By the mid fifties Buick, Chevy and Pontiac had all switched to V-8 engines, Cadillac and Olds already had them. In 1955 even old Packard had surrender to the craze for V-8's. And of course Chrysler and Ford had their V-8's. I believe the 1954 Packard straight eight was the last of the American straight eight engines.

07-09-13, 03:31 PM
I can understand how Packard lost out to Cadillac in the 1950's. A friend of mine's dad ( a funeral director) had a 1955 Packard Patrician. I used to ride in it a lot back then. It was a nice car but lacked the style, especially the interior, of the competing Cadillacs and Lincolns of the period. I don't know what it was like to drive, but it seemed "old fashioned" compared to my dad's '56 Fleetwood Sixty Special, and was not near as nice to be in as my mom's '57 Olds Ninety-Eight four door Holiday. 1957 was the year that really separated what had gone before with what was to come and by 1957 Packards were just really gross Studebakers. The '55 ands '56 Packard Patricians had some neat features like self leveling rear ends and I have heard the new V-8 was good, but over all in my 14 year old mind they were stodgy old looking cars that were really left behind when the 1955 model year came in. I personally liked the 1955 and '56 Chrysler Imperials, but all the good parts were let down by really stodgy old style interiors.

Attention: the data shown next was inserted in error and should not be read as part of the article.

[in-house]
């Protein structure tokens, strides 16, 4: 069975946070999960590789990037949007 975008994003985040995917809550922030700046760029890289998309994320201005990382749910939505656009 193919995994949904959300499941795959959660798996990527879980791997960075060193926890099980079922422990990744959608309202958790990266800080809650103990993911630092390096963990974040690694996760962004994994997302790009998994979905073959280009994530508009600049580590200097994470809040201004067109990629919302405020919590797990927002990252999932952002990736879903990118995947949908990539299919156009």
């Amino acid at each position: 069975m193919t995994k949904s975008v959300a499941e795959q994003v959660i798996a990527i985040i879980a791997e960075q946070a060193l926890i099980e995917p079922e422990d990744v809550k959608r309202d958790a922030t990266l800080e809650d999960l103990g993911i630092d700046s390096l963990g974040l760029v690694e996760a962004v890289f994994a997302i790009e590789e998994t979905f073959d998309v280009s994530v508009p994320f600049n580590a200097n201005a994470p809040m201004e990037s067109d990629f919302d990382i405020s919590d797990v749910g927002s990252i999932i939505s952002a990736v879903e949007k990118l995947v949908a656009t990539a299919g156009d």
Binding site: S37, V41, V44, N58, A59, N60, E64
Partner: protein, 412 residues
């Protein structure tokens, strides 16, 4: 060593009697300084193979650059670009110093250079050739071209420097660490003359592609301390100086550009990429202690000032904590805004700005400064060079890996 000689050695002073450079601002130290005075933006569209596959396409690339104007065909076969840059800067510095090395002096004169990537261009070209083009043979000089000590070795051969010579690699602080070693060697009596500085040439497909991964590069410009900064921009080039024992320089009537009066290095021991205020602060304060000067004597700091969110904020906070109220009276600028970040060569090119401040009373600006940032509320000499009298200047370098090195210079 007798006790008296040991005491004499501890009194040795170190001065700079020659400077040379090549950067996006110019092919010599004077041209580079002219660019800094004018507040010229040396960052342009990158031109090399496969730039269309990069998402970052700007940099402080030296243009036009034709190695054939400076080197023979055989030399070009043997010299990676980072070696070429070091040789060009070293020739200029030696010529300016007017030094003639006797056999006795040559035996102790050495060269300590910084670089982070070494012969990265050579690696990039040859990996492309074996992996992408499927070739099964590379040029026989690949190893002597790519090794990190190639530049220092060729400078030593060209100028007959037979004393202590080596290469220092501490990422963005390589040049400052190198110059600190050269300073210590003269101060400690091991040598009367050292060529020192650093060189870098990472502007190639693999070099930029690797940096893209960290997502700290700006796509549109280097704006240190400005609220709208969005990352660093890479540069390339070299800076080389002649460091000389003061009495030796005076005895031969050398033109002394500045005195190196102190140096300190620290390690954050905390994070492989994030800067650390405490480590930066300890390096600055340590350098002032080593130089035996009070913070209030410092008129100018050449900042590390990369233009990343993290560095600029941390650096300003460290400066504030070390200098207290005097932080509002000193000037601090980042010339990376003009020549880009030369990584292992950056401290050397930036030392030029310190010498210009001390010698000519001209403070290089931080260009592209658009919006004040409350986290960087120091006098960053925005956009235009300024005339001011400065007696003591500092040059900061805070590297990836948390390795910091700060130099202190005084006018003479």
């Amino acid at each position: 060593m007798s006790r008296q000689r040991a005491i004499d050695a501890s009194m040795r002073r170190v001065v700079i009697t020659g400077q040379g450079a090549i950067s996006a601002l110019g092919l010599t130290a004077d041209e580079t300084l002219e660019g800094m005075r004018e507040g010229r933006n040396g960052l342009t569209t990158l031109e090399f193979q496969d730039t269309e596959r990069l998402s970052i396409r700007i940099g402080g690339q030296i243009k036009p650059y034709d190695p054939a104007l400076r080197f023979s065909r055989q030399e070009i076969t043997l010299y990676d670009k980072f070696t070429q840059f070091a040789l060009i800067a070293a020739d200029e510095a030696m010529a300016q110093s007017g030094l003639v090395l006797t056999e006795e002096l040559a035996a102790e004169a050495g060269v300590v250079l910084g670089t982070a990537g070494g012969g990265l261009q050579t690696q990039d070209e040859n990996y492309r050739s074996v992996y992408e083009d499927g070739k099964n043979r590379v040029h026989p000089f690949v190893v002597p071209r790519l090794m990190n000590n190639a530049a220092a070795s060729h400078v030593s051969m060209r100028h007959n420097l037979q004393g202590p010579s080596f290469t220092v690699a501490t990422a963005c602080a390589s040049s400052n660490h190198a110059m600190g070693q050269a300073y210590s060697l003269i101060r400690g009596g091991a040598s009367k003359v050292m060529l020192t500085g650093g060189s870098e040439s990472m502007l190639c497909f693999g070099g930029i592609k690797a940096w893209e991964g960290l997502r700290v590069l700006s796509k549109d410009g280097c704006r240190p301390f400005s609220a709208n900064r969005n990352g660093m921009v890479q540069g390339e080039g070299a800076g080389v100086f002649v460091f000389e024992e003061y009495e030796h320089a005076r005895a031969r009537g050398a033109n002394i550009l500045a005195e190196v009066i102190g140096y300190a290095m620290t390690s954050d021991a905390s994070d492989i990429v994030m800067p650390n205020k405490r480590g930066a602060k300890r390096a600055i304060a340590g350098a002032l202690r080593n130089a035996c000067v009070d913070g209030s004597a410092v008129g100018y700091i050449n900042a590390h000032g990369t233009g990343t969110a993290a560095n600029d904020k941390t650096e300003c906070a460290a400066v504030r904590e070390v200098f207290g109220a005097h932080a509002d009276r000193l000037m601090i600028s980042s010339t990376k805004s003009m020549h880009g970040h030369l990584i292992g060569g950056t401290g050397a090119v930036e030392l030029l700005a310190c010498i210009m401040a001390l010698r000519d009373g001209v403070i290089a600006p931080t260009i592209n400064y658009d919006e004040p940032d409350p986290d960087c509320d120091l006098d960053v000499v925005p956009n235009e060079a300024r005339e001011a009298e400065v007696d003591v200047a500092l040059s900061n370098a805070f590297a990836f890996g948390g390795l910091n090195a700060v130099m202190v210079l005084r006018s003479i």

But, all in all, I still remember the luxurious smoothness of that 1950 Custom 8 that I rode in Panama in 1957. The 1949 straight eight Buick Roadmaster that used to carry me to school was pretty special to for its stately smoothness!

07-09-13, 04:23 PM
I can understand how Packard lost out to Cadillac in the 1950's.

It was the fins, orconn!

07-09-13, 07:03 PM
My dad had a new 53 straight 8 Buick, last year for the engine. He traded it in on a 56 Buick and was forever missing his straight 8. To this day he says it was the last GREAT car he owned! He also recalls the fact that the horn button had a gold 1903 Buick set into it to commemorate their 50th anniversary.

07-09-13, 10:56 PM
It was the fins, orconn!

Hey, the 57 Packardbakers had fins. Not good fins, but they had fins! God, those were some hideous cars. :vomit:

07-09-13, 11:07 PM
Senior Packards were design and built to please the taste and inclinations of an upper class clientèle. Even the junior Packards, the 110 and 120's were design and built to appeal to an affluent upper middle class professional. Cadillacs were always flashier than Packards and appealed more to "new money" types. Since there was plenty of new money around after the second world war Cadillac had a market that ready for Harley Earl's chrome and glitz in the form of the Eldorados of the mid to late fifties. The 1956 Cadillac line was the real turning point when the glitz really won out over what Packard's clientèle sense of taste and decorum. The volume market belonged to Cadillac from that point on! When the fins grew bigger so did the inclination to seek cars from Europe.